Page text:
After spending a lazy Saturday afternoon browsing through the dating app she was currently experimenting with, she hit it off with a nice-sounding guy, and the two exchanged real names and numbers.
She found herself Googling Stuart*, a Brit living in Amsterdam.
As more results-oriented users of Tinder or Ok Cupid can attest, if you’ve logged on with the objective to meet up with someone that night, you can often be left frustrated.
With Ohlala, everyone wants something, and everyone’s on a tight schedule. People use Tinder or Ok Cupid for everything from NSA hookups to long-term relationship hunting, but there’s a high likelihood that you and the person you’re courting electronically might not be on the same page, even if both of you put "casual dating" in your "looking for" field.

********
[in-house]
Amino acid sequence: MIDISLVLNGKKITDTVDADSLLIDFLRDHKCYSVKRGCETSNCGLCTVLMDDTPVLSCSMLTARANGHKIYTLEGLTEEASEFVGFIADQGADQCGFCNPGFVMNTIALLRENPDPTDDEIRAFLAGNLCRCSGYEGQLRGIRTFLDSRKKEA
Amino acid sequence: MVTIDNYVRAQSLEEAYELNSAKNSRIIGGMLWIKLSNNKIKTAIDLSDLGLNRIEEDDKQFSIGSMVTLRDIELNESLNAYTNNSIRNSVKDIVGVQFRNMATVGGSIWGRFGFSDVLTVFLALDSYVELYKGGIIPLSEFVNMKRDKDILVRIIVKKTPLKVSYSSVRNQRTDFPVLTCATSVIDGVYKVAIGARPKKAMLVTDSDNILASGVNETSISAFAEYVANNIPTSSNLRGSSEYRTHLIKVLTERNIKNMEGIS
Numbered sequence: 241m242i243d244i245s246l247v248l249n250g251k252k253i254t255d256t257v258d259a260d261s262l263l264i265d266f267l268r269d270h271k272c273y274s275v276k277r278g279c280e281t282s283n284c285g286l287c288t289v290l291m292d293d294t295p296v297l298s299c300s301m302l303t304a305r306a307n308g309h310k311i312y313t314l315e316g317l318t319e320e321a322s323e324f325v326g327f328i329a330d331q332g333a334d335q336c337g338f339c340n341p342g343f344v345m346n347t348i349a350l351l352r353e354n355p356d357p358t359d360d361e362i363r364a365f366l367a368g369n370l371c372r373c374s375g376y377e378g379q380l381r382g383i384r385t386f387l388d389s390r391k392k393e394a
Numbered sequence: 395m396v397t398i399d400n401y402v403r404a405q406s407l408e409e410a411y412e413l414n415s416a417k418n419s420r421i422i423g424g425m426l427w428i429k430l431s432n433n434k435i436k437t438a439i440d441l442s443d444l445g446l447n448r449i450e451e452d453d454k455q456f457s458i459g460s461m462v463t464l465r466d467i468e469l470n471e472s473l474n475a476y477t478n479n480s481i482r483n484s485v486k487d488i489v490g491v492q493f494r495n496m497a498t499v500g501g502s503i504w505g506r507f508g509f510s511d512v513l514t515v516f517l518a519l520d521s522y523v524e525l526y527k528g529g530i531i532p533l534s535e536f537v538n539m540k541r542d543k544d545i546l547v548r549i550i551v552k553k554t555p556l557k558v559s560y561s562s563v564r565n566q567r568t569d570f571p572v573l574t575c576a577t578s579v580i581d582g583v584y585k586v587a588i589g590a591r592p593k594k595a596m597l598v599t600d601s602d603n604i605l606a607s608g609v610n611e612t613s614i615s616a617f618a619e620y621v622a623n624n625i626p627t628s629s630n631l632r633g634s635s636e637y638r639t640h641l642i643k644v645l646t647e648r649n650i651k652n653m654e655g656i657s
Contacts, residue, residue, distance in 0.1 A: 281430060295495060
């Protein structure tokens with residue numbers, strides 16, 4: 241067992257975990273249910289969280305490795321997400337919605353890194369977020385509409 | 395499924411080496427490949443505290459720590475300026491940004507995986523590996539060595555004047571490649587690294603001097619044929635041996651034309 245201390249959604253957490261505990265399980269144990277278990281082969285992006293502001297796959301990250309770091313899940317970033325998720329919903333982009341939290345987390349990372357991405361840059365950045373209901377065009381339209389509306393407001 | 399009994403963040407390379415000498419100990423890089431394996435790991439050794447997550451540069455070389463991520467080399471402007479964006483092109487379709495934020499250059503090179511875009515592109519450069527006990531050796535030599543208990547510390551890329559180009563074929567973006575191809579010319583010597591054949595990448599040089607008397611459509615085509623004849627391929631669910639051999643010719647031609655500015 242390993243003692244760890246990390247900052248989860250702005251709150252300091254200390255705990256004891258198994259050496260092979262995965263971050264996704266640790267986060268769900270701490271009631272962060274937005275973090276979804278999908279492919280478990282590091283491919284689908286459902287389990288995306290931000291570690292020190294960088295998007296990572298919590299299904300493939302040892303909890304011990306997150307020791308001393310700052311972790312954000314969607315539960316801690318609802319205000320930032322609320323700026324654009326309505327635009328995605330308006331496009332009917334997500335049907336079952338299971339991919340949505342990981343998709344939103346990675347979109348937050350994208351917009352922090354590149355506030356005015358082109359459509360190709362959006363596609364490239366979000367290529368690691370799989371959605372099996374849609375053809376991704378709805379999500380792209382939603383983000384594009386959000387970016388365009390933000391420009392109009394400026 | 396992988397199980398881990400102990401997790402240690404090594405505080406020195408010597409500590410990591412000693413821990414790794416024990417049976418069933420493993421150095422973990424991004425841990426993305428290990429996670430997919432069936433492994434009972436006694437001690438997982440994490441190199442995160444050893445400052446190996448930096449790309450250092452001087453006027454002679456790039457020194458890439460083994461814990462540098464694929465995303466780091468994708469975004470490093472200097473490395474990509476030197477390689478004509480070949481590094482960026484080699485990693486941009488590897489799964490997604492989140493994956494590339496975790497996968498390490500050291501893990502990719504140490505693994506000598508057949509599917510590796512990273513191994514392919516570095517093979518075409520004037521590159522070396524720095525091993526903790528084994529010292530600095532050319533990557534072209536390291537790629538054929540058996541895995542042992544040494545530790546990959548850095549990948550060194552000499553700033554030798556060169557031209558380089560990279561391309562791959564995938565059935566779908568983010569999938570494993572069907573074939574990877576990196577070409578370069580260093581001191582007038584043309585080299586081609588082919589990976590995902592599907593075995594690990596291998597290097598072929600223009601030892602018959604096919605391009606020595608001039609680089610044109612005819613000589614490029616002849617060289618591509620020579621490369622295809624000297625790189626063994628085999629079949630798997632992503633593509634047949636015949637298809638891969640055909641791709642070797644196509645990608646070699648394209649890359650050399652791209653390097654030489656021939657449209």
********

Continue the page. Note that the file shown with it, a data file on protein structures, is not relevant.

By symbolically associating themselves with these women, Ohlala’s party crashers made the company a scapegoat for these rumors. Poppenreiter had already released a statement earlier in the day in response to the outcry, apologizing for letting things "get out of hand." But part of me can’t help but wonder if this was exactly what she had planned.
That week Berlin had been host to the NOAH Conference, an invite-only event comparable to Code Conference or Disrupt back in the States.
According to multiple reports, the gala party two nights earlier had been characterized by a high number of "attractive, glamorously dressed women" who flirted aggressively with the male attendees and handed out business cards.
If you want to bring a third, you can propose that as well.
Either way, the goal is to get exactly what you want that night.
Launched in August 2015, Ohlala is a web-based app that facilitates what it calls "instant paid dating." Male users post offers for dates, consisting of a time, a duration, and how much money they’re willing to pay — a typical offer is from 1–4 hours at an average price of 0.